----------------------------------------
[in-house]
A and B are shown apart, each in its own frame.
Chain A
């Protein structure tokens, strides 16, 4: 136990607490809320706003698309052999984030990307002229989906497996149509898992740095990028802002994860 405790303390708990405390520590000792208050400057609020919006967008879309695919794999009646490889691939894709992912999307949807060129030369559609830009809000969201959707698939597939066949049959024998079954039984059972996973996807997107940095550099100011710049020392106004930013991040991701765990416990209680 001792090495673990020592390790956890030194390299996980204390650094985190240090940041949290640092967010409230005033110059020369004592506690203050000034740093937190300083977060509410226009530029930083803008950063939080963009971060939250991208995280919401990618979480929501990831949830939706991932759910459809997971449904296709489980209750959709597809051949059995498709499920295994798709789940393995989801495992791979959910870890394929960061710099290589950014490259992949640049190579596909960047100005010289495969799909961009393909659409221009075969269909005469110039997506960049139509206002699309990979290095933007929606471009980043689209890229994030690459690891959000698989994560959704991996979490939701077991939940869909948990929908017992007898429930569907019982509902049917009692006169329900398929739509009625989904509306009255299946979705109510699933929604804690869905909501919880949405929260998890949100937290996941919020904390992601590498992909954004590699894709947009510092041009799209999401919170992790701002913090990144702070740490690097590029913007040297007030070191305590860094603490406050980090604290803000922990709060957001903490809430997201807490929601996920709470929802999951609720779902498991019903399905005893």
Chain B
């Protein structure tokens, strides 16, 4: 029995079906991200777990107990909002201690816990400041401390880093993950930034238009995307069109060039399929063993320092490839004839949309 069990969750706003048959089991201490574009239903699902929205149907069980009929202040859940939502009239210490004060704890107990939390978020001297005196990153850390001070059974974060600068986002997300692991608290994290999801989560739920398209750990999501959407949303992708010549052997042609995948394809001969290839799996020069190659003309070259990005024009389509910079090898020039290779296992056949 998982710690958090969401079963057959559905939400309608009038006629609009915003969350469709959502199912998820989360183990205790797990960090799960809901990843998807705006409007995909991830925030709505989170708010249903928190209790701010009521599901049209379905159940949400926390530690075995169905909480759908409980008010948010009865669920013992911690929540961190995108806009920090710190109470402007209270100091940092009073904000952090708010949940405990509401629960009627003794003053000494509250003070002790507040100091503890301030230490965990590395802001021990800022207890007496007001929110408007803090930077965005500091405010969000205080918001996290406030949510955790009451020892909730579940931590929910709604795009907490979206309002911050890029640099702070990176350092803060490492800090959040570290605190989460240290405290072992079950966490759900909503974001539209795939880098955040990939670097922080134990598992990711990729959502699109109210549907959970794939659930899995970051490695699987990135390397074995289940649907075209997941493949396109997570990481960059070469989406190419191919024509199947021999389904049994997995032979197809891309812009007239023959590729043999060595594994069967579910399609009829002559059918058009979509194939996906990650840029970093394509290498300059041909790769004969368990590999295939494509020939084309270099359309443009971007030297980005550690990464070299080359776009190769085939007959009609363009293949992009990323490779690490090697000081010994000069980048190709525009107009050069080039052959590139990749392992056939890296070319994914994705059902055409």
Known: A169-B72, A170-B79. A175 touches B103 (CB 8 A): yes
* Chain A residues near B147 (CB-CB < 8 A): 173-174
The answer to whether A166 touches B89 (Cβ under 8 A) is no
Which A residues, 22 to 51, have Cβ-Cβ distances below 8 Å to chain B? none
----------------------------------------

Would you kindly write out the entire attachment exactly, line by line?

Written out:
[in-house]
A and B are shown apart, each in its own frame.
Chain A
């Protein structure tokens, strides 16, 4: 136990607490809320706003698309052999984030990307002229989906497996149509898992740095990028802002994860 405790303390708990405390520590000792208050400057609020919006967008879309695919794999009646490889691939894709992912999307949807060129030369559609830009809000969201959707698939597939066949049959024998079954039984059972996973996807997107940095550099100011710049020392106004930013991040991701765990416990209680 001792090495673990020592390790956890030194390299996980204390650094985190240090940041949290640092967010409230005033110059020369004592506690203050000034740093937190300083977060509410226009530029930083803008950063939080963009971060939250991208995280919401990618979480929501990831949830939706991932759910459809997971449904296709489980209750959709597809051949059995498709499920295994798709789940393995989801495992791979959910870890394929960061710099290589950014490259992949640049190579596909960047100005010289495969799909961009393909659409221009075969269909005469110039997506960049139509206002699309990979290095933007929606471009980043689209890229994030690459690891959000698989994560959704991996979490939701077991939940869909948990929908017992007898429930569907019982509902049917009692006169329900398929739509009625989904509306009255299946979705109510699933929604804690869905909501919880949405929260998890949100937290996941919020904390992601590498992909954004590699894709947009510092041009799209999401919170992790701002913090990144702070740490690097590029913007040297007030070191305590860094603490406050980090604290803000922990709060957001903490809430997201807490929601996920709470929802999951609720779902498991019903399905005893």
Chain B
């Protein structure tokens, strides 16, 4: 029995079906991200777990107990909002201690816990400041401390880093993950930034238009995307069109060039399929063993320092490839004839949309 069990969750706003048959089991201490574009239903699902929205149907069980009929202040859940939502009239210490004060704890107990939390978020001297005196990153850390001070059974974060600068986002997300692991608290994290999801989560739920398209750990999501959407949303992708010549052997042609995948394809001969290839799996020069190659003309070259990005024009389509910079090898020039290779296992056949 998982710690958090969401079963057959559905939400309608009038006629609009915003969350469709959502199912998820989360183990205790797990960090799960809901990843998807705006409007995909991830925030709505989170708010249903928190209790701010009521599901049209379905159940949400926390530690075995169905909480759908409980008010948010009865669920013992911690929540961190995108806009920090710190109470402007209270100091940092009073904000952090708010949940405990509401629960009627003794003053000494509250003070002790507040100091503890301030230490965990590395802001021990800022207890007496007001929110408007803090930077965005500091405010969000205080918001996290406030949510955790009451020892909730579940931590929910709604795009907490979206309002911050890029640099702070990176350092803060490492800090959040570290605190989460240290405290072992079950966490759900909503974001539209795939880098955040990939670097922080134990598992990711990729959502699109109210549907959970794939659930899995970051490695699987990135390397074995289940649907075209997941493949396109997570990481960059070469989406190419191919024509199947021999389904049994997995032979197809891309812009007239023959590729043999060595594994069967579910399609009829002559059918058009979509194939996906990650840029970093394509290498300059041909790769004969368990590999295939494509020939084309270099359309443009971007030297980005550690990464070299080359776009190769085939007959009609363009293949992009990323490779690490090697000081010994000069980048190709525009107009050069080039052959590139990749392992056939890296070319994914994705059902055409």
Known: A169-B72, A170-B79. A175 touches B103 (CB 8 A): yes
* Chain A residues near B147 (CB-CB < 8 A): 173-174
The answer to whether A166 touches B89 (Cβ under 8 A) is no
Which A residues, 22 to 51, have Cβ-Cβ distances below 8 Å to chain B? none